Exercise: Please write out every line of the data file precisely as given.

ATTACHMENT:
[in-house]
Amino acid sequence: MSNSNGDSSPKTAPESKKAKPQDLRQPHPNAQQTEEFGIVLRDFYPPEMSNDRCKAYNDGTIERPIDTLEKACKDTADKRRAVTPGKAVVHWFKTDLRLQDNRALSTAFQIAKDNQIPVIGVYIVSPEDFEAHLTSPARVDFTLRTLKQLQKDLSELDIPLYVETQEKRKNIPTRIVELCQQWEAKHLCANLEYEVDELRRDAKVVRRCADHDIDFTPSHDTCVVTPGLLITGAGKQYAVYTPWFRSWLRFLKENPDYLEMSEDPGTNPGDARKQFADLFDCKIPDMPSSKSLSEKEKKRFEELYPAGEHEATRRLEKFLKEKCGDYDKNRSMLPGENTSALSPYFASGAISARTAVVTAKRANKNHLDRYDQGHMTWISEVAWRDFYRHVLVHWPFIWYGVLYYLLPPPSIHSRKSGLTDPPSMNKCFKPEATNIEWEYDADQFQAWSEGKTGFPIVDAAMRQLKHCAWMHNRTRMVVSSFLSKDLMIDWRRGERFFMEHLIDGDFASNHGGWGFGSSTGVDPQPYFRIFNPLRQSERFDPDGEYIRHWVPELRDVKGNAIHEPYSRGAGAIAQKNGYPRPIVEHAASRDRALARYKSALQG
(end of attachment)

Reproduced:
[in-house]
Amino acid sequence: MSNSNGDSSPKTAPESKKAKPQDLRQPHPNAQQTEEFGIVLRDFYPPEMSNDRCKAYNDGTIERPIDTLEKACKDTADKRRAVTPGKAVVHWFKTDLRLQDNRALSTAFQIAKDNQIPVIGVYIVSPEDFEAHLTSPARVDFTLRTLKQLQKDLSELDIPLYVETQEKRKNIPTRIVELCQQWEAKHLCANLEYEVDELRRDAKVVRRCADHDIDFTPSHDTCVVTPGLLITGAGKQYAVYTPWFRSWLRFLKENPDYLEMSEDPGTNPGDARKQFADLFDCKIPDMPSSKSLSEKEKKRFEELYPAGEHEATRRLEKFLKEKCGDYDKNRSMLPGENTSALSPYFASGAISARTAVVTAKRANKNHLDRYDQGHMTWISEVAWRDFYRHVLVHWPFIWYGVLYYLLPPPSIHSRKSGLTDPPSMNKCFKPEATNIEWEYDADQFQAWSEGKTGFPIVDAAMRQLKHCAWMHNRTRMVVSSFLSKDLMIDWRRGERFFMEHLIDGDFASNHGGWGFGSSTGVDPQPYFRIFNPLRQSERFDPDGEYIRHWVPELRDVKGNAIHEPYSRGAGAIAQKNGYPRPIVEHAASRDRALARYKSALQG